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AI Industry Set to Use as Much Energy as Countries Like Sweden or the Netherlands, Study Finds


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Concerns about the AI industry‘s environmental impact have been bubbling under the surface for some time.

Tech companies have been scrambling to produce AI-powered products at pace amid a boom of investor interest, bolstering their own AI capacities to do so.

However, the tech comes with a huge carbon footprint, and the rapid acceleration of development could see the industry’s energy consumption spike to match levels produced by an entire country in just a few years.

That’s according to a new study from Alex de Vries, a PhD candidate at the VU Amsterdam School of Business and Economics.

“Given the expected production in the coming few years, by 2027 newly manufactured AI devices will be responsible for as much electricity consumption as my home country, the Netherlands,” de Vries told Insider. “This is also in the same range as the electricity consumption of countries like Sweden or Argentina.”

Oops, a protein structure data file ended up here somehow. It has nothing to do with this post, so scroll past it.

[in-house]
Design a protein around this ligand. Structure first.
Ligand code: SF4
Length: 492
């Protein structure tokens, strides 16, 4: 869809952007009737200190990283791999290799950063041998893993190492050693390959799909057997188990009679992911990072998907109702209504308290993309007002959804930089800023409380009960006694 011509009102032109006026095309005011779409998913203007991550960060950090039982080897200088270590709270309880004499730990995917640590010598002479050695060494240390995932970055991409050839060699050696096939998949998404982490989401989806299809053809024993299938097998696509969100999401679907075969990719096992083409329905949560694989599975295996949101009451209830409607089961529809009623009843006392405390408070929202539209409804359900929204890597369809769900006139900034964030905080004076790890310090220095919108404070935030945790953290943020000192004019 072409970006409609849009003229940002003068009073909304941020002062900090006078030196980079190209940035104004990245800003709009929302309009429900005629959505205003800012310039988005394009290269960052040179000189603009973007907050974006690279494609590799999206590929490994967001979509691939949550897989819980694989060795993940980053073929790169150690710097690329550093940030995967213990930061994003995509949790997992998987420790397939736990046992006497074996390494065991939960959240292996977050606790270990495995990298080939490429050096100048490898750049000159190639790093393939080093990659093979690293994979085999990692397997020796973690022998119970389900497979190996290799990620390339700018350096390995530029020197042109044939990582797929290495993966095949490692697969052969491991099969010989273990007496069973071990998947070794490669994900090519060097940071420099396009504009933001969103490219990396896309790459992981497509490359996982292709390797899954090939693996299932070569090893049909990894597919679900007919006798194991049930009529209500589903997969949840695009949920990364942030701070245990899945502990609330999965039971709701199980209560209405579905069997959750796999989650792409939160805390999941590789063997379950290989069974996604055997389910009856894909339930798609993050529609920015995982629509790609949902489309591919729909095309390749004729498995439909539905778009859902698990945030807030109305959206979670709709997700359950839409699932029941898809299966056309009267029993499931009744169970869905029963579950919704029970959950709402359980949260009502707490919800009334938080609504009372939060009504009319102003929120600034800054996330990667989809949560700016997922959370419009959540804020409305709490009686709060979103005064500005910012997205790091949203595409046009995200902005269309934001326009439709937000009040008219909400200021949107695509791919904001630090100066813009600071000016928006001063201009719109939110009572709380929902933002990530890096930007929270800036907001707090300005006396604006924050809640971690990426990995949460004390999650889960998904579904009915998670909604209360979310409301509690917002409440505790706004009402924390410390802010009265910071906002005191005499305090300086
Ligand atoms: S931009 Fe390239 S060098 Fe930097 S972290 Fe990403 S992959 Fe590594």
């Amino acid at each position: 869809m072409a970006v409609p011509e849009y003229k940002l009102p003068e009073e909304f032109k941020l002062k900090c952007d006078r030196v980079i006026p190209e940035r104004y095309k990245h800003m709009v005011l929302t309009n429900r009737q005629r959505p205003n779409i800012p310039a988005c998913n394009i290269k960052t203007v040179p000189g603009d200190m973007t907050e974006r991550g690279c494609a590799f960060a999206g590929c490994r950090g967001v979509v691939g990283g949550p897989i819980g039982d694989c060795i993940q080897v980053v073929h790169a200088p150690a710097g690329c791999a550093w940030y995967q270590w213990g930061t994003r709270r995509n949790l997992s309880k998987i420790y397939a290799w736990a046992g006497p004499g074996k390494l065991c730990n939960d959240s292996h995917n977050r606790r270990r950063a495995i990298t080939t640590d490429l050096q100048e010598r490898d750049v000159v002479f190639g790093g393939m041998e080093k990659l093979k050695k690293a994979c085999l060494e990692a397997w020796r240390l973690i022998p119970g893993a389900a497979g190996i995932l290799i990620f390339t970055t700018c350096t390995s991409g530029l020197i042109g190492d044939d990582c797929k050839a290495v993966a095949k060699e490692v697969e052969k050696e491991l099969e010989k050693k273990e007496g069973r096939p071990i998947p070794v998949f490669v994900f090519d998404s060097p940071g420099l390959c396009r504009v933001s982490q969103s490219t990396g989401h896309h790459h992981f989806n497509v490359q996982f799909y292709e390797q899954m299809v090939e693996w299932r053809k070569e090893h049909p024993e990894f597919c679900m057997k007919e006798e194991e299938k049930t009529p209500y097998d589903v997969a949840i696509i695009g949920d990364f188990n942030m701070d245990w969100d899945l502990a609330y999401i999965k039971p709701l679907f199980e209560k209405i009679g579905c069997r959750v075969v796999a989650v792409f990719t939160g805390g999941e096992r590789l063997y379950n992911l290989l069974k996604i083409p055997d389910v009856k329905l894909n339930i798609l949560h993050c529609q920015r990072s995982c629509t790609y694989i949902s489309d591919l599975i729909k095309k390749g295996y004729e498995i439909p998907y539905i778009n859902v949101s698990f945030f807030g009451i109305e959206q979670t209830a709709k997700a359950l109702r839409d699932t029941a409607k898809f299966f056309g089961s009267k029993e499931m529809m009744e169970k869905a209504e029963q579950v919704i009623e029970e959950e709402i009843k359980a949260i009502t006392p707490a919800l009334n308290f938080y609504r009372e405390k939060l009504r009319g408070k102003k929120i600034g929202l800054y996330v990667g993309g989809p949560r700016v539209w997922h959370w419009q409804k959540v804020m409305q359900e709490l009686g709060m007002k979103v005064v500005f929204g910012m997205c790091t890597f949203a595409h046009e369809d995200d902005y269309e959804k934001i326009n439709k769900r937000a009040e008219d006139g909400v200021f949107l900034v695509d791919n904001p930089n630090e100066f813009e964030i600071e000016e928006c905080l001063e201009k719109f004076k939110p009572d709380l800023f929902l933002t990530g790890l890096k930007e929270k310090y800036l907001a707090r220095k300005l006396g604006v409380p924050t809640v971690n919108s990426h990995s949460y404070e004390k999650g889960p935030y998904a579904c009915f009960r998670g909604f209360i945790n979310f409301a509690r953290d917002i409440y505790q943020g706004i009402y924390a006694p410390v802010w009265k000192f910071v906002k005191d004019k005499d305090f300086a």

The combination of training large AI models and making them generate content in response to live queries “makes AI relatively energy intensive if you compare it to a standard Google search,” he said.

“AI is just very energy intensive,” he added. “Every single of these AI servers can already consume as much power as more than a dozen UK households combined. So the numbers add up really quickly.”

The study analyses the supply chain of AI devices, especially chipmaker Nvidia, which dominates around 95% of the market for AI chips. De Vries acknowledges publically accessible information around this is still quite limited as tech companies don’t disclose enough data.

“A lot of things are still unknown,” he said. “So we don’t really know where those machines are going to end up and that’s going to matter a lot for a range of questions that you might have with regard to AI sustainability.”

Mitigation will require more transparency from tech companies, he said, as well as establishing a more mindful approach towards AI development as a whole.

“Everyone should be pretty mindful about whether or not they really need to be trying to put AI into their applications,” he added, “it’s not a miracle cure for everything.”

Source : BI

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